Now with no more races until the much-anticipated ‘A-race’ of STWM, I took off with Health & Performance teammates, Adam Hortian & Brendan Hancock, for 2 weeks of high altitude training in Flagstaff, North Arizona. The three of us all came into this trip with different goals, fitness levels, and ideas of how we would make this the most epic adventure ever and in the end I know we all enjoyed it and should be back again in the next few month or years. All of the events we were getting ready for were on the same day with Brendan doing the Waterloo Oktoberfest 5K, Adam at STWM half-marathon and me in the full marathon also at STWM. Highlights of the trip were: climbing through a 1.5 mile dark cold lava cave, hiking/ climbing 1500 meters up Bell Rock mountain, walking part of the Grand Canyon and visiting multiple historical sites, ancient villages, museums, a volcano and a castle. During our trip we had the chance to hang out and run with other Canadian elites: Dylan Wykes (3rd fastest Canadian marathoner in history), Lanni Marchant (almost 10K, but half-marathon & marathon Canadian record holder) and Erin Burrett (debuted and won Victoria Marathon in 2:39:17). Other than that we were fortunate enough to be able to see how elite Americans train by joining some North Arizona Elite club workouts which were an eye opener to see really how hard they push themselves to get results. The team is all sponsored by Hoka, the maximalist shoe company, with big cushioned soles, yet still very light weight, that I’ve thought about trying some day just because they are so unique and clearly work so well on these particular well know elites in Arizona. I should mention that this trip will replace my Kenya trip that I’ve taken the past 4 years so I have no excuse to be here in good old Cambridge, Ontario, Canada, all winter long. I was really starting to like no knowing what real winter was the past few years with just catching the beginning and end of the season. Time to toughen up and battle the snow and ice.
The last thing I need to talk about before I finally get to the STWM race recap is very important and is that I went straight from my trip that I talked about above to more sun and warm weather in Montego Bay, Jamaica for my dad’s wedding in the Grand Bahia Principe resort for one week. Other than the wedding itself, I hardly slept, I did a bit of swimming, a lot of dancing, even more eating, and a tonne of drinking. This right here is what you do not do for your marathon lead up. Since I now know writing this blog after the fact that thankfully this didn’t hurt my running at all I can still joke about it. I went from running a 205K high mileage week in Arizona to a mere 1 hour total running for this week of two 8K runs in 30 minutes, that’s all. I guess you could say I tapered a lot or if there is a word of less running than a taper that is what I would call it. This is the most rest I’ve giving my body in a very long time. Normally I would go crazy for not running so long but I guess the distractions of the island got the best of me. I got a nice tan, picked up some Usain Bolt swag of course and headed to the plane to head back home after 3 weeks outside of Canada.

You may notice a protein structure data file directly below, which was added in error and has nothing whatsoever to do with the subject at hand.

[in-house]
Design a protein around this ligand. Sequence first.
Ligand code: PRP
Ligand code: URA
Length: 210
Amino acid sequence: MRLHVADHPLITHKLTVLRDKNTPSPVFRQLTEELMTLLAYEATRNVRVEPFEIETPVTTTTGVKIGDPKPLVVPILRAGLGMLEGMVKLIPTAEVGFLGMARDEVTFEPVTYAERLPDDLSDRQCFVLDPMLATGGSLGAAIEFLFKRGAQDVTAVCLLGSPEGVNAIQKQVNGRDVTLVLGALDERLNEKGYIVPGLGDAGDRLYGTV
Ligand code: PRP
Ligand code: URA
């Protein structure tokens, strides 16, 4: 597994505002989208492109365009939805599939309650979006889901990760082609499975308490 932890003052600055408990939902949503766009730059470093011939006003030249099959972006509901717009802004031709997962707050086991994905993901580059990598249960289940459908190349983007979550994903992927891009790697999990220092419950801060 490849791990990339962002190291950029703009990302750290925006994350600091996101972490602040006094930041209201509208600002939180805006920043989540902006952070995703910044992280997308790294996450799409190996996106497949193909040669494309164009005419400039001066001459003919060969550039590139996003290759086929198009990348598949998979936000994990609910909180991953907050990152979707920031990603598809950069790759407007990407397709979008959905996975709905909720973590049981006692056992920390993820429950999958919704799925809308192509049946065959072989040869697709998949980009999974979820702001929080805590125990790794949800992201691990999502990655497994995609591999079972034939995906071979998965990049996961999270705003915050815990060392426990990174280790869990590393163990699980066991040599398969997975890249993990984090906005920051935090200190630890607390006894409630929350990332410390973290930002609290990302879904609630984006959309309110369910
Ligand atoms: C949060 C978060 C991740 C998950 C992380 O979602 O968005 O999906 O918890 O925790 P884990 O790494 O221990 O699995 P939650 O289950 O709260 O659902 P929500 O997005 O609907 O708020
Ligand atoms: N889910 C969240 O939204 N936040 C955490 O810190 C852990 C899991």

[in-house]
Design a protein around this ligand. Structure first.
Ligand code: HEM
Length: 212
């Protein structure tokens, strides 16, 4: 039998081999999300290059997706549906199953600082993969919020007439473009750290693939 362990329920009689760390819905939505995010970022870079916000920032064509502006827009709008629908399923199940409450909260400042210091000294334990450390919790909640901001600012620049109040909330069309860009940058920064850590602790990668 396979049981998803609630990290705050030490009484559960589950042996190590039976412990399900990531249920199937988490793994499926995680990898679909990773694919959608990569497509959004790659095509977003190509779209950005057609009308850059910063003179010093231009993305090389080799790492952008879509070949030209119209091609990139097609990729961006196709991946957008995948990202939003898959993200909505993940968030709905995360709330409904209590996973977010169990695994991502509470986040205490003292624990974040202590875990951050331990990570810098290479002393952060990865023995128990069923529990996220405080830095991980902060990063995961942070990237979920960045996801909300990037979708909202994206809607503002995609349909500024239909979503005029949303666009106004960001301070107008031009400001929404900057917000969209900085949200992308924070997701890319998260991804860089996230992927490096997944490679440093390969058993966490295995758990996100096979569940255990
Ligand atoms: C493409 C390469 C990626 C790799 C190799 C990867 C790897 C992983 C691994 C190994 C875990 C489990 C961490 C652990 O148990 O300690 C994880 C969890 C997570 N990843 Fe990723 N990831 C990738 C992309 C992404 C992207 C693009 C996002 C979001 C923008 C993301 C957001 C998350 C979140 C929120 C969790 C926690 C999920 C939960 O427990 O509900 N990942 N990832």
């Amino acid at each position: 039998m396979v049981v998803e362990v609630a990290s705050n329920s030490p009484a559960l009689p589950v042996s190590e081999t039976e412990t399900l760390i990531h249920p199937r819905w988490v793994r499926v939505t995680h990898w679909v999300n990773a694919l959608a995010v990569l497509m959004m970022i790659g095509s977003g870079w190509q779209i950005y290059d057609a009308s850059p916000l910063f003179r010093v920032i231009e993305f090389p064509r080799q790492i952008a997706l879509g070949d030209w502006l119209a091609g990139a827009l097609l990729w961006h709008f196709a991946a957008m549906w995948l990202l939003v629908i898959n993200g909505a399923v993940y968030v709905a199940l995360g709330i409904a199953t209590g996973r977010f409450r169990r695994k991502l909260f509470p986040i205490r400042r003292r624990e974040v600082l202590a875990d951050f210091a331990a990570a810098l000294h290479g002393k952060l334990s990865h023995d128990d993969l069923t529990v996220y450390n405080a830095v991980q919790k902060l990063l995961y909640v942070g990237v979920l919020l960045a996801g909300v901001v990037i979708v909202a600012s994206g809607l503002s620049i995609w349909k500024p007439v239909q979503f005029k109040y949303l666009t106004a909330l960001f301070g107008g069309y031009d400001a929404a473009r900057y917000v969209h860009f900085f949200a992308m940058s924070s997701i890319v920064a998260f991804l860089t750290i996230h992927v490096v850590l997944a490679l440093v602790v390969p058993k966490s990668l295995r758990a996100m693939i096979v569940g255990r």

Now the STWM race recap experience begins, with the night before. After working a 8 hour shift at my new job as a baker in Costco Bakery, Kitchener, I headed over to my sweet girlfriend Robyn Collins place for her deliciously famous spaghetti with some fresh healthy vegetables covered in a spinach pasta sauce on a plate a mile high. This with some garlic toast and a bunch of water has been my traditional pre-race supper for the past few months and has been a big success. I hit the bed and before I knew it my alarm went off and I was up getting ready for the marathon after a surprisingly peaceful night. I guess I wasn’t nervous and was confident in myself that I would do well and everything would go to plan so no restless sleep for me. For the first time in forever I actually ate food for breakfast before the race which was nothing too exciting other than a whole banana with my usual chai tea and a bottle of water. I still haven’t found a pre-race supplement energizing drink to use so I’ve been simply sipping at Gatorade in the meantime. My dad offered to drive me early to the race to beat any traffic that was expected. When I arrived I noticed there was little to no wind but still a tad chilly making me have to wear a winter hat, gloves, long tights, sweater and jacket. Underneath it all was my race kit of a Health & Performance Canada edition singlet, CEP compression Canada Edition socks and New Balance Zante shoes (since I wasn’t able to get the new 1400v3‘s in time but I now have them in time for my next marathon which I’ll get to later). I almost put a Canada maple leaf tattoo on my arm but decided I didn’t want to get too carried away with Canadian pride at the Canadian National Championship. I was so excited, confident, and ready to roll a fast 42.2K. The washroom line took what left like forever so I missed out on a proper warm up but not to worry too much as marathons allow you to warm up in the first couple kilometers as your finding your pace and getting in a rhythm. I sucked down a vanilla bean GU gel 5-10 minutes before race start and sprinted for the line. It took me at least 5 minutes to squeeze through all the runners in the corral to get up to the front where I belong with few minutes to go till the gun went off. Now the fun begins.